Sometimes, my thinking goes full circle and I find myself doing things that I did years ago in FM: this time it’s youth development monitoring. I’m not interested in gaming the game or in any way learning more about the hidden details than I should but I want to know the why so that I can develop my players to the best of my ability. For a long time, I’ve kept a record of the first year growth from all my intake players, with special attention paid to whether I’m building the training correctly to develop specific attributes, such as those key to my DNA (first touch, technique, decisions, determination and pace) outlined in red. Whilst I know that physical attributes grow naturally in younger players and that Determination is unlikely be cultivated through training plans, I haven’t actually done anything about this – until now. However, the most interesting thing and the biggest test of my Excel formula ability was to create a simple tracking tool that looks at the harmonic mean of the key areas as well as the entirety of their outfield attributes. With some indexing and matching, I can create a bit of a tracker for this, as seen here. I’m not intending to share this frequently or, really, dig into the depths of it outside of the game but it’s interesting to track the player development of these youngsters – with two particular cases: Poggenborg and Maik VogelThe former made significant improvements to his all round game – hence my use of the harmonic mean, to add more weight to anomalous values and develop more importance around roundedness of the player whilst the latter has made significant improvements towards his DNA values, but, interestingly, not a huge amount within the first season, with rapid development now he’s exposed to first team football.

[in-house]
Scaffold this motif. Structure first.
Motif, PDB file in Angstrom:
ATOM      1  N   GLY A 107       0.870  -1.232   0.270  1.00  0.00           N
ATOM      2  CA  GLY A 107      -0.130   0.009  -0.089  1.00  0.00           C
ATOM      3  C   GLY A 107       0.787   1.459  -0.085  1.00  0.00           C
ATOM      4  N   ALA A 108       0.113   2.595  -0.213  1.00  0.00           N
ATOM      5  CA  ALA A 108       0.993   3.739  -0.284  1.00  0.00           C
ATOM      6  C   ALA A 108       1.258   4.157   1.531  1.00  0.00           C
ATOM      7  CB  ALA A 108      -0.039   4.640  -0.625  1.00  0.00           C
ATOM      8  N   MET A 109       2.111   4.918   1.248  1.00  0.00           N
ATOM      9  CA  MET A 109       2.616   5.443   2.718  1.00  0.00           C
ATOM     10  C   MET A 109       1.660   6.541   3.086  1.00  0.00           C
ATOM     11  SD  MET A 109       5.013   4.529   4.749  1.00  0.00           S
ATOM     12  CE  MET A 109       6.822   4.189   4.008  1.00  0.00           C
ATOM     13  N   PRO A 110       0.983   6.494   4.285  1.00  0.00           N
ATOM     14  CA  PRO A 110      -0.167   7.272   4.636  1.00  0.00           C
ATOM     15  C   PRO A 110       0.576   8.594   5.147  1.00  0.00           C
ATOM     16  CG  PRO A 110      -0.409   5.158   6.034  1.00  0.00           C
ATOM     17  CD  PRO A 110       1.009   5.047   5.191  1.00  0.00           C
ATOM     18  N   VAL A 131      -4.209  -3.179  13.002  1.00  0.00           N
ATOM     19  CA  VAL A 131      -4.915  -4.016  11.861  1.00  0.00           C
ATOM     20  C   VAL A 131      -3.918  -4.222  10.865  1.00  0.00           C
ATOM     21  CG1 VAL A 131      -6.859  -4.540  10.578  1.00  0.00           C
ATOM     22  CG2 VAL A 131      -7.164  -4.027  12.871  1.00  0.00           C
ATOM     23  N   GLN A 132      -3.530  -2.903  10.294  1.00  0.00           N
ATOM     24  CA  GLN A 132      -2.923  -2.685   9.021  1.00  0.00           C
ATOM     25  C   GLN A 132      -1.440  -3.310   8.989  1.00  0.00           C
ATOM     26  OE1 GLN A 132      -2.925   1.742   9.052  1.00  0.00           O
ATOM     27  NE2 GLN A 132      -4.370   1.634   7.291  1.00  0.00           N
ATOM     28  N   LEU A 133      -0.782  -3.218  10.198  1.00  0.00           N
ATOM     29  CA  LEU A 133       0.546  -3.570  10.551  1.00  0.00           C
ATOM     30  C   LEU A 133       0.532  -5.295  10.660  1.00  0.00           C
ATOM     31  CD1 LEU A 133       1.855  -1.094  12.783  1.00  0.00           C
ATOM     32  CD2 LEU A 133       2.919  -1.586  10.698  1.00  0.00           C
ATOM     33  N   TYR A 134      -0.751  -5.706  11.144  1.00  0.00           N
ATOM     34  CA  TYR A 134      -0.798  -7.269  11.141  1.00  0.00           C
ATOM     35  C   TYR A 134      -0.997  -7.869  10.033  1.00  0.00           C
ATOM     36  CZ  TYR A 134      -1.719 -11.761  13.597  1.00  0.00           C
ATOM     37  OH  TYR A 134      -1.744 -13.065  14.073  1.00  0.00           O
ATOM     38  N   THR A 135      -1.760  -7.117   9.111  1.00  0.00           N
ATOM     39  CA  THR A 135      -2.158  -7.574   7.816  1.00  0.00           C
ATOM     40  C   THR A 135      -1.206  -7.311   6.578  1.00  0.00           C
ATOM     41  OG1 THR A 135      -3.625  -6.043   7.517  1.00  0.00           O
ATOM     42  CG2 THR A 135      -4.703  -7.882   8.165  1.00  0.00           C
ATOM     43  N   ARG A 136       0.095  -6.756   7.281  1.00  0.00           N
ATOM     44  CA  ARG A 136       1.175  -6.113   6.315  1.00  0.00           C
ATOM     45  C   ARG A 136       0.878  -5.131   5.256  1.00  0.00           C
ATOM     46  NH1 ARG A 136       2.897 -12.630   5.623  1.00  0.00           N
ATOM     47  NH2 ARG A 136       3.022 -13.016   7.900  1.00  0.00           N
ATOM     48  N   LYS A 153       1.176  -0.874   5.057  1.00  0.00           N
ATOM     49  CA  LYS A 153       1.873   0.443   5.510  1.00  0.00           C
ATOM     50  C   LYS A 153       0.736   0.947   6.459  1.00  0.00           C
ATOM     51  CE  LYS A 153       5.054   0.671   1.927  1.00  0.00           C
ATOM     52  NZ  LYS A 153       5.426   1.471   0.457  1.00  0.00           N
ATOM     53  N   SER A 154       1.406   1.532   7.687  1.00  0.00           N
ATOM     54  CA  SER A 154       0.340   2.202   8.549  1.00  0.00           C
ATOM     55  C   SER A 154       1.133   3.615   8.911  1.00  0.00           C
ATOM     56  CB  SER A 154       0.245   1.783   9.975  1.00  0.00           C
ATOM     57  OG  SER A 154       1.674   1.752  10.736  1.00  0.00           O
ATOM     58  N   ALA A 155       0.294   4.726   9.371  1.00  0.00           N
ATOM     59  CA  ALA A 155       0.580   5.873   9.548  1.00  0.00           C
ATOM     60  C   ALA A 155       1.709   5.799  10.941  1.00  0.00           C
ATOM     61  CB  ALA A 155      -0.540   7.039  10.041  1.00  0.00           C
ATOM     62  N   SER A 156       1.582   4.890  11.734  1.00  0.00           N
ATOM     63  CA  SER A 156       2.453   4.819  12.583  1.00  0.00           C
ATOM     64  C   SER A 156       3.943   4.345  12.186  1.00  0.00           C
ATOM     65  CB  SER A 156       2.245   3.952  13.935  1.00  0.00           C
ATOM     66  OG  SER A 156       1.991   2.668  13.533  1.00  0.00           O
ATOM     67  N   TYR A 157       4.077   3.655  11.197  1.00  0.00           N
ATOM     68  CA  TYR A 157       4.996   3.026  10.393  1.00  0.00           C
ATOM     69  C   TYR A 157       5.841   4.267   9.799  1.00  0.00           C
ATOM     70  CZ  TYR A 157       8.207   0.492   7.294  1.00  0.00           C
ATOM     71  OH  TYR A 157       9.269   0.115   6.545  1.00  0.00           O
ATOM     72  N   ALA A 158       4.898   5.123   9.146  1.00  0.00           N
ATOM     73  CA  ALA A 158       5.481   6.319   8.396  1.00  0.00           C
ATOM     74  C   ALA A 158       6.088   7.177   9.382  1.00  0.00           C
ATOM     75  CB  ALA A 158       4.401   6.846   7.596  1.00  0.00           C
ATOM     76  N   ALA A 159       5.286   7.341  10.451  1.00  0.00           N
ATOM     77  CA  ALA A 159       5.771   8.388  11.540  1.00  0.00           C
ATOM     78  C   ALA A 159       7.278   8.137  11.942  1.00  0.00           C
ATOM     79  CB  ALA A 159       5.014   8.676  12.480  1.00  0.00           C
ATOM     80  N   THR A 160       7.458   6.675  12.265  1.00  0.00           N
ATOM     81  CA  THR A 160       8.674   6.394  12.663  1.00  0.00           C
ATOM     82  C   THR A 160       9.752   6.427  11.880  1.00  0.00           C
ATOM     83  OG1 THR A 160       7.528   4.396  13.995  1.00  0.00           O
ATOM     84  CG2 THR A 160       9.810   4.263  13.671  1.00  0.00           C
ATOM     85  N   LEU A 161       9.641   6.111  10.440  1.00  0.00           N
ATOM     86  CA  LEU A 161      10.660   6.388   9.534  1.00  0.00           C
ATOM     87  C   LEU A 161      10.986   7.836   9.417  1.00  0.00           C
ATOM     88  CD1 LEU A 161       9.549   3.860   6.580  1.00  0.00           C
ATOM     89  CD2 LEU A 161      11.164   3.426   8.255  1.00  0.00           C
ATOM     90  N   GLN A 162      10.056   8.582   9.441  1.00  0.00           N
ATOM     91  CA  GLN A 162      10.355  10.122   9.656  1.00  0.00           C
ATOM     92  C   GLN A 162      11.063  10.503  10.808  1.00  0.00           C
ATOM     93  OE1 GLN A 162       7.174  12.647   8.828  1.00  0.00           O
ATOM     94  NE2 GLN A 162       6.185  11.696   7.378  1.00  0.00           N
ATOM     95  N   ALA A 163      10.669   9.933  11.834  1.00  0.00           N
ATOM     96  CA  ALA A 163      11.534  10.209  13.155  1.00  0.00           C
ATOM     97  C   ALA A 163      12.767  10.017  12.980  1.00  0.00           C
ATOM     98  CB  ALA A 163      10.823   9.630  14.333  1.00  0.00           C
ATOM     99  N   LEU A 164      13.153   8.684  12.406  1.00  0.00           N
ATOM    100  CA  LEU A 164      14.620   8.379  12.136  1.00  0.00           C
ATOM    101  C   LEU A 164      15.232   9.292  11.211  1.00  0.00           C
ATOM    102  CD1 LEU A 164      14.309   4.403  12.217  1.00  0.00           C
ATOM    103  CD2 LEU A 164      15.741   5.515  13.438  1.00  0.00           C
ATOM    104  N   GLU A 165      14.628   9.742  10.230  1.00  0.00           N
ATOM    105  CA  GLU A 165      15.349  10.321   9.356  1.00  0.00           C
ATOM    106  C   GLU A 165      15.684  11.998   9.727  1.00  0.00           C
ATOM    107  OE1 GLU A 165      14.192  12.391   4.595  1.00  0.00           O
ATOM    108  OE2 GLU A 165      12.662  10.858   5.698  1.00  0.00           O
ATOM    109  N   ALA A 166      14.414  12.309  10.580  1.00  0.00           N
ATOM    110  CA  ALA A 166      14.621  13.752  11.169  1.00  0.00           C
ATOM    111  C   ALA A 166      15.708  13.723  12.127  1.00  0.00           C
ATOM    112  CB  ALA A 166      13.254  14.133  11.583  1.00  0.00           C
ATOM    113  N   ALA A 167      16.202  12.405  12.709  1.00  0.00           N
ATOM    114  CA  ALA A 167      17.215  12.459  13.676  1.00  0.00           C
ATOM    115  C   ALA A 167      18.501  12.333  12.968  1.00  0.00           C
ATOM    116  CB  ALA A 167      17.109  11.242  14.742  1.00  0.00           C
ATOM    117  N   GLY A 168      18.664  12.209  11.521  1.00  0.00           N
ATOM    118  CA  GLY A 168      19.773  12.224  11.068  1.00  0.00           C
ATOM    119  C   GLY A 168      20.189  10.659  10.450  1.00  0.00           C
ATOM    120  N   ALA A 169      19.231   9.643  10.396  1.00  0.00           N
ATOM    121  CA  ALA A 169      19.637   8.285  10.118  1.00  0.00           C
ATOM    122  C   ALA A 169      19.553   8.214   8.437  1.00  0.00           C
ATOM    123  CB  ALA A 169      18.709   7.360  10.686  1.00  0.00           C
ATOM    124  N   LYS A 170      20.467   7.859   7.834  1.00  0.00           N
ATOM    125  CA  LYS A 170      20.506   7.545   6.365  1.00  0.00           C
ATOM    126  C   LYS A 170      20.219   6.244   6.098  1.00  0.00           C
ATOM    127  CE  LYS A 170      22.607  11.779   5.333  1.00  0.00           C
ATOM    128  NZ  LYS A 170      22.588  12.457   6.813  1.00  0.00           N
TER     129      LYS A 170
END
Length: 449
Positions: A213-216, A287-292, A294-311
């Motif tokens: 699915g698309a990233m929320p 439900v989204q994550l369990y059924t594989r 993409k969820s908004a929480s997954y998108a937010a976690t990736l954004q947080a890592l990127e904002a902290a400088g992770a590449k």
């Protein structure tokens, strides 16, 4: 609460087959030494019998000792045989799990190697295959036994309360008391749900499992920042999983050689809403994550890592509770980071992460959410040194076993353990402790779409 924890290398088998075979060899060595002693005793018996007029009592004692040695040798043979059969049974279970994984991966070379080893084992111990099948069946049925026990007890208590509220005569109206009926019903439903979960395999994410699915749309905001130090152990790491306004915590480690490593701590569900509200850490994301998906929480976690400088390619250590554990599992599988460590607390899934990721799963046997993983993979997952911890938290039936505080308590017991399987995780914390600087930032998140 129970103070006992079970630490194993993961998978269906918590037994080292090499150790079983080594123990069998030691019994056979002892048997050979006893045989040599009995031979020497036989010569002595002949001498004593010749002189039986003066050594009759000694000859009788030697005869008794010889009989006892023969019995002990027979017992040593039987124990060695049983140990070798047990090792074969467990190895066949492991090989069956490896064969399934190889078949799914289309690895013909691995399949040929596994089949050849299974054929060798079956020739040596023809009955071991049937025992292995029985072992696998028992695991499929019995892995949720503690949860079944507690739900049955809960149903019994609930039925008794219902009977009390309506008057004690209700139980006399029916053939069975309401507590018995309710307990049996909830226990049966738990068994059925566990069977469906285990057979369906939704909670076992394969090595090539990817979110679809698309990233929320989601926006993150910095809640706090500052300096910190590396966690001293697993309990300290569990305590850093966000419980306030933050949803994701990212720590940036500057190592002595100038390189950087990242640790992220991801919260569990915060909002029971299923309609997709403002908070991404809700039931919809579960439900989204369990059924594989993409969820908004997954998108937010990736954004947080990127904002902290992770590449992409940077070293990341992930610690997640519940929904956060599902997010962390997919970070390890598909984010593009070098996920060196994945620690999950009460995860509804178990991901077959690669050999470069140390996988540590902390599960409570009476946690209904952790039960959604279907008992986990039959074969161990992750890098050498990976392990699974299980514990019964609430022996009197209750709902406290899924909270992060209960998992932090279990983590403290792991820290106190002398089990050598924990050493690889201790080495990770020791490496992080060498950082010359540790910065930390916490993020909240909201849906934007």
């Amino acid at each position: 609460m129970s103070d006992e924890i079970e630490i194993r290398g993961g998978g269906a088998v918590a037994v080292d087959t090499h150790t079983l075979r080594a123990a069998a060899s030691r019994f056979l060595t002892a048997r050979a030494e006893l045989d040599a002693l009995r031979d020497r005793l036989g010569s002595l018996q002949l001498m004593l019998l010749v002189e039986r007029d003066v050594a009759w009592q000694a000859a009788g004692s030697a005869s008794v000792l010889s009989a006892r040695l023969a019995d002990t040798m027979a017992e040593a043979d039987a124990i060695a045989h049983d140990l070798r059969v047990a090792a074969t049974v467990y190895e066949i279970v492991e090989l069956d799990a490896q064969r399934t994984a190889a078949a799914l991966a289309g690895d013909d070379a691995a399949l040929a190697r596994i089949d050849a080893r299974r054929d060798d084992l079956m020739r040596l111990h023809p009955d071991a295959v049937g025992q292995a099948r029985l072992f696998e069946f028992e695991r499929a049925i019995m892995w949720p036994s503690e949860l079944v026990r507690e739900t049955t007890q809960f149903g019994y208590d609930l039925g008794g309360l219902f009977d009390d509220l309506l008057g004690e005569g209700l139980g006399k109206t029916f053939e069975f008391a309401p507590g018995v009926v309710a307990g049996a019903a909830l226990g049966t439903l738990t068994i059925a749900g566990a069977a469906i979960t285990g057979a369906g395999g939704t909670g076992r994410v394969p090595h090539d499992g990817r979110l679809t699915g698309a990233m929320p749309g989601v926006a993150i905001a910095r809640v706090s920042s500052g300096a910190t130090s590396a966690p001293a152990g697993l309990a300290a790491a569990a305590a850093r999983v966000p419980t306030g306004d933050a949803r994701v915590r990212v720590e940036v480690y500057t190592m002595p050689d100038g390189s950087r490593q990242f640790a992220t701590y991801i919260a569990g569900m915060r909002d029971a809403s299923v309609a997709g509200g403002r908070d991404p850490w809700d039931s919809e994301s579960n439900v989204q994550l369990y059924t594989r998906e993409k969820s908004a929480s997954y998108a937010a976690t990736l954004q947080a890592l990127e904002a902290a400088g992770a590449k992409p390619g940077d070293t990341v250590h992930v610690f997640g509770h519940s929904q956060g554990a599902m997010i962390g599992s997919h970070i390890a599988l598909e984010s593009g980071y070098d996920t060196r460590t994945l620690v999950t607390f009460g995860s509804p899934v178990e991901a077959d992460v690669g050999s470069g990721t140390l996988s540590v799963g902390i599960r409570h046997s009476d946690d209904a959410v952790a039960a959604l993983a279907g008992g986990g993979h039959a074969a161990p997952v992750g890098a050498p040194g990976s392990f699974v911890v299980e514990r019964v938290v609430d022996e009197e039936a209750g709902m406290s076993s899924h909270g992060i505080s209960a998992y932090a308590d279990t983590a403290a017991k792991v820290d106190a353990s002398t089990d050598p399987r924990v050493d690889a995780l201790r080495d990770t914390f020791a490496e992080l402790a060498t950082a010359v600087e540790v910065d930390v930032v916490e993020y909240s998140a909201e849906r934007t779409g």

Therefore, I’ve developed an idea that I’ve seen floating around before and something that I have used when trying to min/max this process in the past. Players, up until they are 18, will not be trained to be specialists unless they are changing position. This will add further allowance to the time spent developing their additional foci, which are: Defensive Positioning (Marking, Positioning, Decisions), Attacking Movement (Off the Ball, Anticipation, Decisions) and Ball Control (First Touch, Dribbling, Technique). They will rotate on the three month basis with the removal of Passing now meaning that each area gets four months of the year – with Defensive Positioning missing out most in July, when the players are on holiday.


  • Jan, Apr, Jul, Oct – Def Pos
  • Feb, May, Aug, Nov – Att Mov
  • Mar, Jun, Sept, Dec – Ball Control


  • Feb, Apr, Jun, Aug, Oct, Dec – GK Technique
  • Jan, Mar, May, Jul, Sept, Nov – GK Sweeping (Short)

This additional focus on this without the sharp focus on developing a player for a specific area (even when I choose something like a CWB(s) to get a broad range of attributes), I feel that it does pigeon hole the player sometimes. I have no idea as to how well this will work over the long term but I’m interesting in experimenting with this idea with the new youth intake. Sadly, the intake is a little underwhelming…

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A search for Schulz returns 3,670 names indicates that this is just now getting out of hand with a further two Maik Schulz’s in this intake  alone! As for the players worth noting, Mohamed Sulley is the best of the bunch – by far – but his personality will not really help me develop him. Even exporting to the suitability tracker tells me that these aren’t amazing youngsters and I’m very much going to be looking at the develop to keep in professional football mantra for those who even make the initial cut.

I don’t want to jump the gun and be brash about reshaping the youth staff with this less than brilliant intake because I still have an elite talent and several top talents along with a really strong youth academy and quite clear player pathway already established at the club but I do have to admit that there will likely to some external recruitment for this youth team as I look to strengthen further


  • Ben

    Ben has been a long time contributor to the FM community previously on The Dugout and the SI Forums. He is known for his great in-depth tactical analysis and an increasing level of understanding of data led recruitment. His FM saves are always in-depth and he delivers both his knowledge of the game and great storytelling including a talent for squad building, progressing youth players and finding diamonds in the rough. His saves are really popular within the blogging community. He is also the creator of the popular skin “Statman”